I am new to posting on here, so apologies if I ramble on or this is on the wrong subject etc. My wife and I separated just over 2 months ago now, I was a terrible husband, I had multiple affairs and constantly took the love she had for me for granted. I was never happy with what I had, and what I had was a devoted wife who would have done anything for me, forgave me for all my wrongdoings over the 10 years we were married, gave me 3 beautiful children and so many experiences and memories. We had an amazing life yet I kept searching for something more. Since we have separated following her discovery of me meeting another woman..... again, we have hardly spoken, initially very angry conversations and then nothing, everything has moved so fast since that day, I moved out initially to a family members and now to a place of my own, she has filed for divorce, the arrangements for the children are still up in the air with me only getting minimal time with them, yet I cant stop thinking about her. I want nothing more than to hold her and beg for forgiveness and fight for her, but I cant talk to her let alone explain how I feel. Multiple times a day I want to send her a message asking to meet up to just talk, but I don't have the courage, because a: she clearly doesn't want to talk to me and has asked for all communication to be through the solicitor (I can hardly declare my feeling through the solicitors!!!) b: I fear rejection and I can only see it going that way, I have pushed her too far this time. I don't know what to do, there is not a minute that goes by that she isn't on my mind and I know at the moment I feel isolated and alone (due to the current lockdown situation) but I think one of the biggest things I took for granted I actually how I felt about her, I was a master of pushing feelings aside good or bad, and now I'm alone and I don't have anywhere to hide, my heart is heavy with guilt and sadness, but also the strongest of love for her, the old saying you don't know what you have lost till its gone is certainly ringing true. I know this is all the consequences to my actions and I don't deserve her in my life but I suppose what I'm asking is... do I try and make contact? There is obviously a lot more to the story then this little snippet and I know the hurt I have caused, but I don't know how to move forward.

As a betrayed, I think you

As a betrayed, I think you should respect her boundaries. You are right that you don't deserve her, so work on becoming a man who does deserve her. Work on yourself - go to counseling. Find out why you acted out and work on those issues and in overcoming them. Get right with God and put it in His hands. But don't just fake getting right with God. If you're meant to be together, He will orchestrate that but allow her to have her space as biblically you opened the door for divorce. Two of my mentors through affair recovery ended up divorcing and one remarried the same guy four years later and the other is still working towards reconciliation with the unfaithful. You clearly rejected her multiple times so expect the same back from her. However, God is a merciful God so don't lose total hope but also surrender your desire to Him and perhaps she will come around. Perhaps not. Unfortunately, she did not choose this mess.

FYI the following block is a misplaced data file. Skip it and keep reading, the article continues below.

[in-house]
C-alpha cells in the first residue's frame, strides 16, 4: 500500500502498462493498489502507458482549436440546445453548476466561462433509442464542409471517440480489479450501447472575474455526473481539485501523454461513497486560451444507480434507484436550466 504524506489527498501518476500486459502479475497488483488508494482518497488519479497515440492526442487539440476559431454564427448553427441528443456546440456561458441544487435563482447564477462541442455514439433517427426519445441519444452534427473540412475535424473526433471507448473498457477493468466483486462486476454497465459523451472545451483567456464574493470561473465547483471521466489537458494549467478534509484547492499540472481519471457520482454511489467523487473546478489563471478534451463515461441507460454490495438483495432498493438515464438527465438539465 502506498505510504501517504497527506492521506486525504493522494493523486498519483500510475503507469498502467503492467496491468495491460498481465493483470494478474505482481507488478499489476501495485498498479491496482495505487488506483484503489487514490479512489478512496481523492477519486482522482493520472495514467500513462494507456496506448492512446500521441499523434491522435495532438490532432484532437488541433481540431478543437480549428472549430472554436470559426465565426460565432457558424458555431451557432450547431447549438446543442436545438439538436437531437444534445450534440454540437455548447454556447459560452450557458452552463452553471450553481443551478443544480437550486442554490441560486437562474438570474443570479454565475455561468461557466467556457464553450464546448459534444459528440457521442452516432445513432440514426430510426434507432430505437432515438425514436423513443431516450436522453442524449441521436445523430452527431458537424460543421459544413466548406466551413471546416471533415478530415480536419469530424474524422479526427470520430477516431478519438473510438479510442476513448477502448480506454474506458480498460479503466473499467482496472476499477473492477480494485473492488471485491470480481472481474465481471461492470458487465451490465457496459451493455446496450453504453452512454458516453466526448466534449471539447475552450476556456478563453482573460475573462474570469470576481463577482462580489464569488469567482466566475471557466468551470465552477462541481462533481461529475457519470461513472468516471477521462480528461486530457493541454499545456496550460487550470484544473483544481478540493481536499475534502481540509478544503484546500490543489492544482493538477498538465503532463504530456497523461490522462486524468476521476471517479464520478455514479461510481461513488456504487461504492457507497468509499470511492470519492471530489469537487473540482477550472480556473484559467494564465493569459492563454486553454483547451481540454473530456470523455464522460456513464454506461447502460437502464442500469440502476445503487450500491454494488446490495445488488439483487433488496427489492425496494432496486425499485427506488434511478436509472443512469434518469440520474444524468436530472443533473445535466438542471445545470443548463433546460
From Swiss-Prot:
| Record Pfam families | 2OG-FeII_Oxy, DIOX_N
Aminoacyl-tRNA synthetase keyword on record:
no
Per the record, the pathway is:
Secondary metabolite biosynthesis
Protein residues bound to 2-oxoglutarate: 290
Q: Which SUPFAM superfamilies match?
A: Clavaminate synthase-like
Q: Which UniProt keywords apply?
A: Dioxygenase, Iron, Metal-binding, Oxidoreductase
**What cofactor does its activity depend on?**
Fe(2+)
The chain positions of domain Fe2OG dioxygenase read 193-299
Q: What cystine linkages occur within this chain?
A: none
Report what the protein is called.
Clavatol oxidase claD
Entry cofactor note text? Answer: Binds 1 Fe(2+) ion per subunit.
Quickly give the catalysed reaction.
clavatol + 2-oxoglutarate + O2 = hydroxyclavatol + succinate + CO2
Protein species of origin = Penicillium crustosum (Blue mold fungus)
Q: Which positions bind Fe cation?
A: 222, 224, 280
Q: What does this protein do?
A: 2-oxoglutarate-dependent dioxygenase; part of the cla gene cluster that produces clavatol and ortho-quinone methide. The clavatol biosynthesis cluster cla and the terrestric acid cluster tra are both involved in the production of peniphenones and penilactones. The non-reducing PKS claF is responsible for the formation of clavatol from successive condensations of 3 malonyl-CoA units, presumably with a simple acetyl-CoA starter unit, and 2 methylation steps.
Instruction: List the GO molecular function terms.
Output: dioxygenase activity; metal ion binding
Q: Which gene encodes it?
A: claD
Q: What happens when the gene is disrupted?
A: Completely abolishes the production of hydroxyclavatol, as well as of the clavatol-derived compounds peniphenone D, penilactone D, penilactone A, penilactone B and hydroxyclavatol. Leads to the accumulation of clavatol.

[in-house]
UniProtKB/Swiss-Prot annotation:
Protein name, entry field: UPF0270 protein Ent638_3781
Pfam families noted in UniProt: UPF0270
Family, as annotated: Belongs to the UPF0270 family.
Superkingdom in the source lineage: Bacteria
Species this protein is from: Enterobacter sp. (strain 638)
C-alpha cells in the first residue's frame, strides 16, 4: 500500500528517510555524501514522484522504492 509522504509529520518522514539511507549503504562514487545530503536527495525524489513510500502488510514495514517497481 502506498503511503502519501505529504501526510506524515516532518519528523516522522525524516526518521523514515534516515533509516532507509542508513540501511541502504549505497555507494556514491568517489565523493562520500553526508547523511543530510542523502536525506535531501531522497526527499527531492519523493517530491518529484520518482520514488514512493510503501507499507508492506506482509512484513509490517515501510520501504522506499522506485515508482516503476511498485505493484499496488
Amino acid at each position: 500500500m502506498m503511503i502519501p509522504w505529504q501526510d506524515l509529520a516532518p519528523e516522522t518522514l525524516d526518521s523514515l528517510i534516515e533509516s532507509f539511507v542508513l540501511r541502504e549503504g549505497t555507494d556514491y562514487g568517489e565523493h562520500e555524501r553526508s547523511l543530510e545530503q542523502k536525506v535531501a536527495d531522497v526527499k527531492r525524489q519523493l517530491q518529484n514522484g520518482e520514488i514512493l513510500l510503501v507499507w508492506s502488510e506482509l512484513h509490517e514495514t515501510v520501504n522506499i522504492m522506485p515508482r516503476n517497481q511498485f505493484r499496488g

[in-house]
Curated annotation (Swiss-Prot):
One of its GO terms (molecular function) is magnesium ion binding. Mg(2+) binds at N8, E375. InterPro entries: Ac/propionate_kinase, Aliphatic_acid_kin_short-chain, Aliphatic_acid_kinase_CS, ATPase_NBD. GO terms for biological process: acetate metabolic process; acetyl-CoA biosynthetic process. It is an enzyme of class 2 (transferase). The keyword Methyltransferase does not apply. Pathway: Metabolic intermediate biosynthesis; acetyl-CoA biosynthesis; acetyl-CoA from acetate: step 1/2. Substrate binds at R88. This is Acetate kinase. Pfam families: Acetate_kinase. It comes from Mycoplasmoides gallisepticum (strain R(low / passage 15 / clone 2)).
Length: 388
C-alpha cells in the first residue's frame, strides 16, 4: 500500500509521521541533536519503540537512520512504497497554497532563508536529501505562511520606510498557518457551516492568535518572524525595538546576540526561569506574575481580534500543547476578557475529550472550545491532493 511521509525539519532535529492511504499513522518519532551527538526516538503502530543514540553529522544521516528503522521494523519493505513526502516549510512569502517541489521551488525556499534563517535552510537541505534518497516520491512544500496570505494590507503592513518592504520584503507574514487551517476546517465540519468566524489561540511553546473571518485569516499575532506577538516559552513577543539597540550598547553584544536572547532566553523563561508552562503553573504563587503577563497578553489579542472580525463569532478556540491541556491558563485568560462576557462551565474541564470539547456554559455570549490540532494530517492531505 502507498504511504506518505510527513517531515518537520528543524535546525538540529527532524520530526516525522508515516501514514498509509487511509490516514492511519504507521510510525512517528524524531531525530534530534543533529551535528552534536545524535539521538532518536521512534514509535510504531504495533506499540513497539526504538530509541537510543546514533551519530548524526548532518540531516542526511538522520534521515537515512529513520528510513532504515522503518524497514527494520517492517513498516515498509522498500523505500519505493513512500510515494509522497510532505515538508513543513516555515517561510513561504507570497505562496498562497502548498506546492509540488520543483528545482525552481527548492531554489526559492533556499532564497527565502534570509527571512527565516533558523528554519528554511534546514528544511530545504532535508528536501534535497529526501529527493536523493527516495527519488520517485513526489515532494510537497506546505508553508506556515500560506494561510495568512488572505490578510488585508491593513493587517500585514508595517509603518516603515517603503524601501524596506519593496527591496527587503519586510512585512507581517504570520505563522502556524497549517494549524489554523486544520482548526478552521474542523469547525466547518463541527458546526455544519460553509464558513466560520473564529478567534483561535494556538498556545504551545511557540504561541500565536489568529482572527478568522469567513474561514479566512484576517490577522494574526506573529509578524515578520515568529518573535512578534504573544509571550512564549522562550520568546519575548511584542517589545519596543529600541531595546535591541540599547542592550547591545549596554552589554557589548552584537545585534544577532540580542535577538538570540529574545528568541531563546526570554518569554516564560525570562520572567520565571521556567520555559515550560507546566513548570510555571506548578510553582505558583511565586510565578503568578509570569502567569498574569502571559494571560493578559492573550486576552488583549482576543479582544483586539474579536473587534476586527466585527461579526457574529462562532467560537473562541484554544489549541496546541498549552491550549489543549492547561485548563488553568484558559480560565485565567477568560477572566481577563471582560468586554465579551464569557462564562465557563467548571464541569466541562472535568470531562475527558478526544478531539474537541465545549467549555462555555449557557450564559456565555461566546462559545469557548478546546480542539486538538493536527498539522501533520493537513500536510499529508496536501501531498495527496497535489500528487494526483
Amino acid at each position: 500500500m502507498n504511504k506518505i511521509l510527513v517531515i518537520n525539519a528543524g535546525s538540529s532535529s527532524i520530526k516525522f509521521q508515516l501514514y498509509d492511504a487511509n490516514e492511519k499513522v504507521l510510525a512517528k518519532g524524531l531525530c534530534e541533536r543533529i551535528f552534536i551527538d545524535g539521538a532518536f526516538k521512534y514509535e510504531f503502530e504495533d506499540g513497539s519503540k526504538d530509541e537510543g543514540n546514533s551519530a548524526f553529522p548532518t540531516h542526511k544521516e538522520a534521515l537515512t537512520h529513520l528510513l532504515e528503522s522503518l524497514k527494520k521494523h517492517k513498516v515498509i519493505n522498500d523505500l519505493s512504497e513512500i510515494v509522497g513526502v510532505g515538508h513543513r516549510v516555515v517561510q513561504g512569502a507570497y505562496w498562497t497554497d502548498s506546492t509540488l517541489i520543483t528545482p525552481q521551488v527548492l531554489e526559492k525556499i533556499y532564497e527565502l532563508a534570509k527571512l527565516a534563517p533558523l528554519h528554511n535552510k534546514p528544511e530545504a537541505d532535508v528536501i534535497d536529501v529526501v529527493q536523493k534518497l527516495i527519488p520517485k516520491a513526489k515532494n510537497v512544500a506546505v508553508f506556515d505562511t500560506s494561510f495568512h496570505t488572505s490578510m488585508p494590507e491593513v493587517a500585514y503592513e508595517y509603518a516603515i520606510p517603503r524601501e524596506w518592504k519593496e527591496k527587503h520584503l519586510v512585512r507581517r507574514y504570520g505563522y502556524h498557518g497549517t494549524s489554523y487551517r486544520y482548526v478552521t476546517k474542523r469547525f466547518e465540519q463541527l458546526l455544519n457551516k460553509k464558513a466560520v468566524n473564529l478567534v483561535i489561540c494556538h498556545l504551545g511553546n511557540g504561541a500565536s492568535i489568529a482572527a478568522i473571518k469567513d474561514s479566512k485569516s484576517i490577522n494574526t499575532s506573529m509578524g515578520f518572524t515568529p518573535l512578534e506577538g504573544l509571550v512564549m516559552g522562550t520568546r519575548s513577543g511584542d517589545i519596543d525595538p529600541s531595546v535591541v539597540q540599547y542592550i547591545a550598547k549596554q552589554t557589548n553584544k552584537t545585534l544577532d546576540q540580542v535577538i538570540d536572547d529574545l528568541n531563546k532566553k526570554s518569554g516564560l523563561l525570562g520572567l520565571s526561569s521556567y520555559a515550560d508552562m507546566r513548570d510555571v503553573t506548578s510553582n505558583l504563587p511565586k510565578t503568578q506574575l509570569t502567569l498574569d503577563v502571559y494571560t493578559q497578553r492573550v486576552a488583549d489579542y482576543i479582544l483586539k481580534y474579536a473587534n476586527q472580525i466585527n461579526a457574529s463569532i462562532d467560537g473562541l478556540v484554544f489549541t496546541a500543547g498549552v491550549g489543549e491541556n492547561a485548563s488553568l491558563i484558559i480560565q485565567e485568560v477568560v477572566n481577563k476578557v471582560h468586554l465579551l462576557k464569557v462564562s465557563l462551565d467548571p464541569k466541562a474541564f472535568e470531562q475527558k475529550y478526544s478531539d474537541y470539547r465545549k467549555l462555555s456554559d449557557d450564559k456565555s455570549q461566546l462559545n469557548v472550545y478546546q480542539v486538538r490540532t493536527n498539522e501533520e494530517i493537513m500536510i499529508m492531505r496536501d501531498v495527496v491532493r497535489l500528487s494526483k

So his affair was done from online dating site he made a profile talked to other women but says he only had sexually contact with one however he will not disclose details of one time thing is this weird I’m trying here been 26 year relationship so walking is not first choice however I’m having hard time here my world revolved around him completely thank god tor this site and resources it has helped I felt so alone until this you people honestly saved my life


My unfaithful husband is working hard at doing all the right things to be loving and working to repair our marriage. He’s done H4H I’ve done HH. We both see private therapist. We’ve tried. It’s been 18 months since DDay. I just can’t get past it all. The betrayal was long lived and deep. I think we are a couple that will not be a success story. It’s all just too much for me. Sad sad sad.

food for my soul

I truly appreciate this group and their commitment to help keep marriages alive for both parties. The guides for healing for the victim and the enlightenment for the betrayers are a wonderful stepping stone to healing a broken marriage.

How do I know when to leave?

I have forgiven, I have been drip fed bits of information reluctantly by my husband. I have also experienced an inability for him to be open and honest. I have told him repeatedly if we are to rebuild I need honesty and openness, and loyalty when our couple is challenged by outsiders. He continues to break promises and let me down. I love him dearly but I’ve been through hell, I’ve suffered without support or only fleetingly glimpses of support. It’s so hard to let go when I’ve loved him so much, but he just can’t come through with what I believe is fundamental to our relationship. I feel like I’m cutting off from myself but I also feel like I need to save myself. This hurts so much and is so confusing.